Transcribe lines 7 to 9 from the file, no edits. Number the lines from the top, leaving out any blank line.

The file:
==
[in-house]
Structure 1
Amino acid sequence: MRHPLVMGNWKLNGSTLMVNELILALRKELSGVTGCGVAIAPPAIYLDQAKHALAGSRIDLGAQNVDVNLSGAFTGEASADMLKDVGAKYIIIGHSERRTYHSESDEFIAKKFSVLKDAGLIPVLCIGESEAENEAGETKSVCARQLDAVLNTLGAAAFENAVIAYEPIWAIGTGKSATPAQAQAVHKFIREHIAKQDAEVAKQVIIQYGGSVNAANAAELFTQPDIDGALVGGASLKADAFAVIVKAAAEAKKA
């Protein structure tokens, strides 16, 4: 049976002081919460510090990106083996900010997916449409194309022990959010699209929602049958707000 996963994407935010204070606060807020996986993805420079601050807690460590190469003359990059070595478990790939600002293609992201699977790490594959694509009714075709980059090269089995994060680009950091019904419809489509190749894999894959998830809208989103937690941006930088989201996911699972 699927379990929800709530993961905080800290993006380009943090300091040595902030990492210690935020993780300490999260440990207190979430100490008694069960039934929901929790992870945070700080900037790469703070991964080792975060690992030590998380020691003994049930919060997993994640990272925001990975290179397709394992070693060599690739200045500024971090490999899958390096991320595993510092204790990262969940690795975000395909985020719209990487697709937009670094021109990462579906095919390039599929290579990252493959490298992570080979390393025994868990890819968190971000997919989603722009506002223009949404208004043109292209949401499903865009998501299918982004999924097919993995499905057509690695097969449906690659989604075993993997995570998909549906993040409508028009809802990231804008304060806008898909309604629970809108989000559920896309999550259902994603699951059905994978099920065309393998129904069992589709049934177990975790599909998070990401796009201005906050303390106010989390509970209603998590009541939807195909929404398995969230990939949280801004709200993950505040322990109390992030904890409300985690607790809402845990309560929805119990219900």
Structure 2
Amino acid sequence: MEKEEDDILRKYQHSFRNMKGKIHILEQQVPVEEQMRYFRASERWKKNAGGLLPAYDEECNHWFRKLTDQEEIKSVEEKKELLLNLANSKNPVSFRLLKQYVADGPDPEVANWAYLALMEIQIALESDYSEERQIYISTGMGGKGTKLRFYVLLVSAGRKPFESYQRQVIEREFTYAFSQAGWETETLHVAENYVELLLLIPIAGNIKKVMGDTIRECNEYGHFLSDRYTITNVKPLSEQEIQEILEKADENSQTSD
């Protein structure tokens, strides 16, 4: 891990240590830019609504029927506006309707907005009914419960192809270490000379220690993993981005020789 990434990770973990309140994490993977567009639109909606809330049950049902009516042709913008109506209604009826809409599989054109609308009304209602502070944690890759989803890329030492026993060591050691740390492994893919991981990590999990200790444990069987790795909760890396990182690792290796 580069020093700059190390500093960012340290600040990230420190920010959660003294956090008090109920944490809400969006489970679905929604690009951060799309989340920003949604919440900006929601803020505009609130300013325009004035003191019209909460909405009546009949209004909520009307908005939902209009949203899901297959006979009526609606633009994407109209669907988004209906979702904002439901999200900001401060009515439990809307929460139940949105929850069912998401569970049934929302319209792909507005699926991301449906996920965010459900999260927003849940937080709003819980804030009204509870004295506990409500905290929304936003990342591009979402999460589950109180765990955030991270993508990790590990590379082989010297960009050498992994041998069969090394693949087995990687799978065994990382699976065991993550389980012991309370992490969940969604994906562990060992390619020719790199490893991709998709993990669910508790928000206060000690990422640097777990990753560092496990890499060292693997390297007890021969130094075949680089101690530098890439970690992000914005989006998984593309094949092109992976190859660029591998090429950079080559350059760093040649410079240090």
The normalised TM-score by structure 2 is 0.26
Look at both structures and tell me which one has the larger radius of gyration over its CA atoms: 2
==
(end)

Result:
């Protein structure tokens, strides 16, 4: 891990240590830019609504029927506006309707907005009914419960192809270490000379220690993993981005020789 990434990770973990309140994490993977567009639109909606809330049950049902009516042709913008109506209604009826809409599989054109609308009304209602502070944690890759989803890329030492026993060591050691740390492994893919991981990590999990200790444990069987790795909760890396990182690792290796 580069020093700059190390500093960012340290600040990230420190920010959660003294956090008090109920944490809400969006489970679905929604690009951060799309989340920003949604919440900006929601803020505009609130300013325009004035003191019209909460909405009546009949209004909520009307908005939902209009949203899901297959006979009526609606633009994407109209669907988004209906979702904002439901999200900001401060009515439990809307929460139940949105929850069912998401569970049934929302319209792909507005699926991301449906996920965010459900999260927003849940937080709003819980804030009204509870004295506990409500905290929304936003990342591009979402999460589950109180765990955030991270993508990790590990590379082989010297960009050498992994041998069969090394693949087995990687799978065994990382699976065991993550389980012991309370992490969940969604994906562990060992390619020719790199490893991709998709993990669910508790928000206060000690990422640097777990990753560092496990890499060292693997390297007890021969130094075949680089101690530098890439970690992000914005989006998984593309094949092109992976190859660029591998090429950079080559350059760093040649410079240090």
The normalised TM-score by structure 2 is 0.26
Look at both structures and tell me which one has the larger radius of gyration over its CA atoms: 2